What You Can Learn From British Census Records
The first British census to ask detailed questions about individuals, the 1841 census contains a bit less information than subsequent censuses. For each individual enumerated in 1841, you can find the full name, age (rounded down to the nearest 5 for everyone 15 or older), sex, occupation, and whether they were born in the same county in which they were enumerated.
The questions asked in the 1851, 1861, 1871, 1881, 1891, 1901 and 1911 census enumerations are generally the same and include the first, middle (usually just the initial), and last name of each individual; their relationship to the head of household; marital status; age at last birthday; sex; occupation; the county and parish of birth (if born in England or Wales), or the country if born elsewhere; and the full street address for each household. The birth information makes these censuses especially helpful for tracing ancestors born prior to the onset of civil registration in 1837.
Census DatesThe actual census date varied from census to census, but is important in helping to determine an individual's probably age. The dates of the censuses are as follows:
1841 - 6 June; 1851 - 30 March; 1861 - 7 April; 1871 - 2 April; 1881 - 3 April; 1891 - 5 April; 1901 - 31 March 1911 - 2 April
Where to Find the Census for England & WalesMicrofilm copies of the 1841-1891 British censuses are available at the Family History Library (FHL) and through its numerous branch Family History Centers (FHCs). Surname indexes are available for much of the 1851 census, and the entire 1881 census.
Online access to digitized images of all census returns from 1841 to 1911 (including indexes) for England and Wales is available from multiple companies. Most of the records require some type of payment for access, under either a subscription or pay-per-view system. For those looking for free online access to British census records, don't miss the transcriptions of the 1841–1911 England & Wales Census available online at no charge at FamilySearch.org. These records are linked to digitized copies of the actual census pages from FindMyPast, but access to those digitized census images does require a subscription to FindMyPast.co.uk.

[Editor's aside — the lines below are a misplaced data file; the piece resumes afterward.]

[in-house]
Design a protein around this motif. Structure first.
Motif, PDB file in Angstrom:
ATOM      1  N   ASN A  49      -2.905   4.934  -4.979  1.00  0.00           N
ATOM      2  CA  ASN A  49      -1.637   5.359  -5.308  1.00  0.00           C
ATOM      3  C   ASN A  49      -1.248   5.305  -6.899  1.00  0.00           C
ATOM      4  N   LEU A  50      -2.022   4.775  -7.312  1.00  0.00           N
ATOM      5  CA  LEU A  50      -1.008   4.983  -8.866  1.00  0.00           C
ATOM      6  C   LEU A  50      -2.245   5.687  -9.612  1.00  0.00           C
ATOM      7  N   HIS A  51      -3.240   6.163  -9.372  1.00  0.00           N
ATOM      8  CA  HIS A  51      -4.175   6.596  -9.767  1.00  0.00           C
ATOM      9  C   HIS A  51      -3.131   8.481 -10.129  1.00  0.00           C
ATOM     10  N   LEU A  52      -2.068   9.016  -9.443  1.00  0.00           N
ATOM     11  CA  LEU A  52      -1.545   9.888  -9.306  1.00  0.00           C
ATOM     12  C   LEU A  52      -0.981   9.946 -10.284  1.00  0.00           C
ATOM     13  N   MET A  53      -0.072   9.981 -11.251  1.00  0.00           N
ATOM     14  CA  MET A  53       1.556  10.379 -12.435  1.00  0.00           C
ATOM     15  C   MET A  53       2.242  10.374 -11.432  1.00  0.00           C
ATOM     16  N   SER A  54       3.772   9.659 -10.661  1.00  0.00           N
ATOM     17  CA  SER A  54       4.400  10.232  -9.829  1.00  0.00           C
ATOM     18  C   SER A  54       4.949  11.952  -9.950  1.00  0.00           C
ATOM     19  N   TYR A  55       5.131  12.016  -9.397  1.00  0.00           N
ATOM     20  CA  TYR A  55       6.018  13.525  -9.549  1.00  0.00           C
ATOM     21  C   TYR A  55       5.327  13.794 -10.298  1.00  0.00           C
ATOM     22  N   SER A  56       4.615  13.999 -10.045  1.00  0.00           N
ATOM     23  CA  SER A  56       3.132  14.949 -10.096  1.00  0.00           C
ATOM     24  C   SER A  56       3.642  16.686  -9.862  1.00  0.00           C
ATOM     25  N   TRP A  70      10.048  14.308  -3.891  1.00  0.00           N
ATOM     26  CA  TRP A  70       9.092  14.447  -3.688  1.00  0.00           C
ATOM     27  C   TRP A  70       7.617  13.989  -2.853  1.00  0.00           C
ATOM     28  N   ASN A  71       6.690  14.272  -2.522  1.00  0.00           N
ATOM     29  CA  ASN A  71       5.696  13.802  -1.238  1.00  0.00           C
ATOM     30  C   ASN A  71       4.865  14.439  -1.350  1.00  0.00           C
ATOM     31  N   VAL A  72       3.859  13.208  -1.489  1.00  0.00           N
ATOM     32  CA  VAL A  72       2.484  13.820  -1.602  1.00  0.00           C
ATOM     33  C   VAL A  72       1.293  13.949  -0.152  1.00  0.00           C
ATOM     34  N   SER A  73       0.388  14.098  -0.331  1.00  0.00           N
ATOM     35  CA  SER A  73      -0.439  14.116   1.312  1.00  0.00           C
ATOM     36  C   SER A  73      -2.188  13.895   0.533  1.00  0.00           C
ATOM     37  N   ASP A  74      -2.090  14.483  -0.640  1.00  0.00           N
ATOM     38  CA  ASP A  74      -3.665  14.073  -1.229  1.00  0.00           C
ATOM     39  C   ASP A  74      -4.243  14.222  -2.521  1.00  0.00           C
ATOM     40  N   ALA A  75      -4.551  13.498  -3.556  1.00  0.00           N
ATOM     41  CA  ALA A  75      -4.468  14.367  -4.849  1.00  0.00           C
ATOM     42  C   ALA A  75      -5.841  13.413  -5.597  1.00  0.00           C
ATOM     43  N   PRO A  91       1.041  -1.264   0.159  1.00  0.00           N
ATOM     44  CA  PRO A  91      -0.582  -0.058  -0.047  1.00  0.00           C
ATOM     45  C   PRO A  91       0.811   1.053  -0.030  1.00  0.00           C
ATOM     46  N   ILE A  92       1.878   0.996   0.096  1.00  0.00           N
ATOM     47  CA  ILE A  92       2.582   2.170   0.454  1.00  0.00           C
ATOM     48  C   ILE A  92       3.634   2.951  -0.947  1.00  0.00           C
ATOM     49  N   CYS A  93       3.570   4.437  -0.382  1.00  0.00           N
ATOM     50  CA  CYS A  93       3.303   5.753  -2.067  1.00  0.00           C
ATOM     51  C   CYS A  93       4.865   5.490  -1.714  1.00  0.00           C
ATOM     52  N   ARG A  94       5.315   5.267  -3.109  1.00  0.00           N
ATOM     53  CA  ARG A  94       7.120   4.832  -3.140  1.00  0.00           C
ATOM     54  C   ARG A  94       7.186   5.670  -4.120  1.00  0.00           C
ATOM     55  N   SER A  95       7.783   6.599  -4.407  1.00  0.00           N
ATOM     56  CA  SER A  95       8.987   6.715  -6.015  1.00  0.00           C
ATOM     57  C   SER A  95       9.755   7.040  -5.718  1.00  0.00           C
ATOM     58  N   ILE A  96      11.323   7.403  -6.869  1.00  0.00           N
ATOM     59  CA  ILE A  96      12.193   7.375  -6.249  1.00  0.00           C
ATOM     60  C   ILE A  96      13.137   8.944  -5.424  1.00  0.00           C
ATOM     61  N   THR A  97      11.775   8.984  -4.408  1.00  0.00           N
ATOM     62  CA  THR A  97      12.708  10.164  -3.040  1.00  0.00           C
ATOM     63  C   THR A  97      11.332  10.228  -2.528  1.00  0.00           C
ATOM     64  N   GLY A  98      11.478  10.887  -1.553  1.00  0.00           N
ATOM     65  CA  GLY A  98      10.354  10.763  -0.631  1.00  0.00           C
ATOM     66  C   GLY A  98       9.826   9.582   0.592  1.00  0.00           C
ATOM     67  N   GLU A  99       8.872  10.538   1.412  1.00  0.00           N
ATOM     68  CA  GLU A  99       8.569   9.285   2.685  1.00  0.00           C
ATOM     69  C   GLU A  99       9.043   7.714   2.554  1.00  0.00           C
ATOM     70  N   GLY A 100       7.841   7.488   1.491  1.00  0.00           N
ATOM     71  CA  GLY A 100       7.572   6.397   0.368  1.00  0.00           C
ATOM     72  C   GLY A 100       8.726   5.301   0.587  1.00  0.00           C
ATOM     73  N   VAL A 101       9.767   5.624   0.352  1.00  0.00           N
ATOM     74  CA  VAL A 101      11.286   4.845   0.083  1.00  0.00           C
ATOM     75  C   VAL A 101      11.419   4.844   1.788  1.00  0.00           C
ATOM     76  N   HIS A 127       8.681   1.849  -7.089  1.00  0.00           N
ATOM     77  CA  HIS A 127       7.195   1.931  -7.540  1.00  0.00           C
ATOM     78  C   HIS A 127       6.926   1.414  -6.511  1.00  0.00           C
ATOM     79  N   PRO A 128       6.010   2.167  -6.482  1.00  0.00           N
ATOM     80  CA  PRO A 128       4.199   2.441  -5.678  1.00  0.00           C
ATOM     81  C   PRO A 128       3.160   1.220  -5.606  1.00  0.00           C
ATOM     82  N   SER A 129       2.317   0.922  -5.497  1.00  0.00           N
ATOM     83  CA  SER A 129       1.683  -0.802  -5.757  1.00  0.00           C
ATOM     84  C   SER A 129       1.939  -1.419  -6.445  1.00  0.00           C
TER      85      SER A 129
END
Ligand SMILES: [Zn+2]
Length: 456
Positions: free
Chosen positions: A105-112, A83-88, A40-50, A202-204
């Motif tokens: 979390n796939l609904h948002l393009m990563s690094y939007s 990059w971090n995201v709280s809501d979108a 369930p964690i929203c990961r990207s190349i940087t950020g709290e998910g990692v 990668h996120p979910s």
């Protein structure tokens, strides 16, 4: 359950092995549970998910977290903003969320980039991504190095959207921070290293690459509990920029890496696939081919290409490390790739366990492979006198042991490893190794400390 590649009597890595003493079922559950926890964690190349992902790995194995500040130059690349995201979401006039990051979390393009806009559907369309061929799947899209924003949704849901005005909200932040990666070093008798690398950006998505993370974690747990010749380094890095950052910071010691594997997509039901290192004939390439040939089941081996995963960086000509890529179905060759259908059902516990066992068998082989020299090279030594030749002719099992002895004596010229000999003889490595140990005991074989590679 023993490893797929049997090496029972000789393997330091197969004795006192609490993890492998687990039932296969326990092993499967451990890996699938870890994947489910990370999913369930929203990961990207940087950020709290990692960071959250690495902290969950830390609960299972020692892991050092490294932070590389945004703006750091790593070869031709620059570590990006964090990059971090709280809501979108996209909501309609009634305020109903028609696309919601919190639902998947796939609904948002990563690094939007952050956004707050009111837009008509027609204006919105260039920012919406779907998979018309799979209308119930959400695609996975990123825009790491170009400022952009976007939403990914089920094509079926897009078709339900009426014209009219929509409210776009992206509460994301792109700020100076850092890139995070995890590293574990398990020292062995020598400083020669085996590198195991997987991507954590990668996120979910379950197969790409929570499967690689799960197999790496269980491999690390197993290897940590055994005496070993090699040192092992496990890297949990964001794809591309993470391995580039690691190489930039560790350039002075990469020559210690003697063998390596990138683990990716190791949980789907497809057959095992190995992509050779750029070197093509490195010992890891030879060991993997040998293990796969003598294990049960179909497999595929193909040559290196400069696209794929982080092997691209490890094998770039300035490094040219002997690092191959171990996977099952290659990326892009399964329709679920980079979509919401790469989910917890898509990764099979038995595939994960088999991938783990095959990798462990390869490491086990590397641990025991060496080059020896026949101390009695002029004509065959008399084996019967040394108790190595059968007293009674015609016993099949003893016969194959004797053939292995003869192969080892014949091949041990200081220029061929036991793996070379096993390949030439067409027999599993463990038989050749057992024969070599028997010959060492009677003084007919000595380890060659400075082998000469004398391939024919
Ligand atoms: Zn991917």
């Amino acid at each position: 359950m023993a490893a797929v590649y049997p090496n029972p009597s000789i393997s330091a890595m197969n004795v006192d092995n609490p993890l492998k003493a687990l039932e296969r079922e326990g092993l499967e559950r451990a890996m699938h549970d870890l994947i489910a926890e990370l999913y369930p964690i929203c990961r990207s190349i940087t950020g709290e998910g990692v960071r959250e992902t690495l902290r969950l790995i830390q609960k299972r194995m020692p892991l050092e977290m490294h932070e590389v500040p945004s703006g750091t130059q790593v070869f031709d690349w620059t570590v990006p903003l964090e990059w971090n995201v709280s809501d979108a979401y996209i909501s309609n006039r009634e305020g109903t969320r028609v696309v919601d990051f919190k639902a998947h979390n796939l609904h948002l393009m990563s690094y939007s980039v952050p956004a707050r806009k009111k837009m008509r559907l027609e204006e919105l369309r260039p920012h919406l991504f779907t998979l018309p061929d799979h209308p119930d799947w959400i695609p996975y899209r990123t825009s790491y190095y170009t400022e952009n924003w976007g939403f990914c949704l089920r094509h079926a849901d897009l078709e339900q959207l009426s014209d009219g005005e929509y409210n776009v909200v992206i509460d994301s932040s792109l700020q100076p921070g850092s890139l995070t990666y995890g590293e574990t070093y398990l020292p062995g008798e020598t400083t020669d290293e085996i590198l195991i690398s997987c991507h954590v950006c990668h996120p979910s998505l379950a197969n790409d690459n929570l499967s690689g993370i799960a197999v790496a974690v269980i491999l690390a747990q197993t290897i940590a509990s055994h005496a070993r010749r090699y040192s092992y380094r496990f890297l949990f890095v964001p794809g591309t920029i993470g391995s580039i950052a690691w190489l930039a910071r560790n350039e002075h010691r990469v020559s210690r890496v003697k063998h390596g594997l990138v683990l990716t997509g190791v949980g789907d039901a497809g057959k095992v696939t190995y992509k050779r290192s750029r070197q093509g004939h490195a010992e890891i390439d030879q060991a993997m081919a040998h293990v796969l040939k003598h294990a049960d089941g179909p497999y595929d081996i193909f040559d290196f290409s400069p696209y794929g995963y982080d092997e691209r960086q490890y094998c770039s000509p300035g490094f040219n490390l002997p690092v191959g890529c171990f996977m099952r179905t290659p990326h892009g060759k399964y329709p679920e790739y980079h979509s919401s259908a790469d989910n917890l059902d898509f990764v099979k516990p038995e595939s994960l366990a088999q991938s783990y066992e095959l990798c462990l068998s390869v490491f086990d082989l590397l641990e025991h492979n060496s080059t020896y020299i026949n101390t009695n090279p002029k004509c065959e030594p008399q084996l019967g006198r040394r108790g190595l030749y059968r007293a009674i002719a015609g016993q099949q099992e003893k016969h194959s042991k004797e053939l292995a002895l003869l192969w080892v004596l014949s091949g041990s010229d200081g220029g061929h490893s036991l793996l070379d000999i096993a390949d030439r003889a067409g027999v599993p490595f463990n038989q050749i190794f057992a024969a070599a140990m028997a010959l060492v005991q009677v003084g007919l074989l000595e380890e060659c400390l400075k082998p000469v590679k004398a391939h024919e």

The UK National Archives offers subscription access to the complete 1901 census for England and Wales, while a subscription to British Origins includes access to the 1841, 1861 and 1871 census for England and Wales. The UK Census subscription at Ancestry.co.uk is a comprehensive online British census offering, with complete indexes and images for every national census in England, Scotland, Wales, the Isle of Man and the Channel Islands from 1841-1901. FindMyPast also offers fee-based access to available British national census records from 1841-1901, with access to the 1911 British Census available as a separate stand-alone or pay-per-view subscription. The 1911 British Census is also available as a standalone PayAsYouGo site at 1911census.co.uk.
The 1939 National RegisterConducted on 29 September 1939, this emergency census-style survey of the civilian population of England and Wales was taken in order to issue identity cards to the country's residents in response to World War II. Much like a traditional census, the Register contains a wealth of details for genealogists including name, date of birth, occupation, marriage status and address for each of the country's residents. Members of the Armed Forces were not generally listed in this Register as they had already been called up for military service. The 1939 National Register is especially important to genealogists as the 1941 Census was not conducted due to WWII and the 1931 census records were destroyed in a fire on the night of 19 December 1942, making the 1939 National Register the only complete census of the population of England and Wales between 1921 and 1951.
Information from the 1939 National Register is available to applications, but only for individuals who have died and are recorded as being deceased. The application is expensive - £42 - and no money will be refunded, even if a search of the records is unsuccessful. Information can be requested on a specific individual or a specific address, and information on up to a total of 10 people residing at a single address will be provided (if you ask for this).
NHS Information Centre - 1939 National Register Request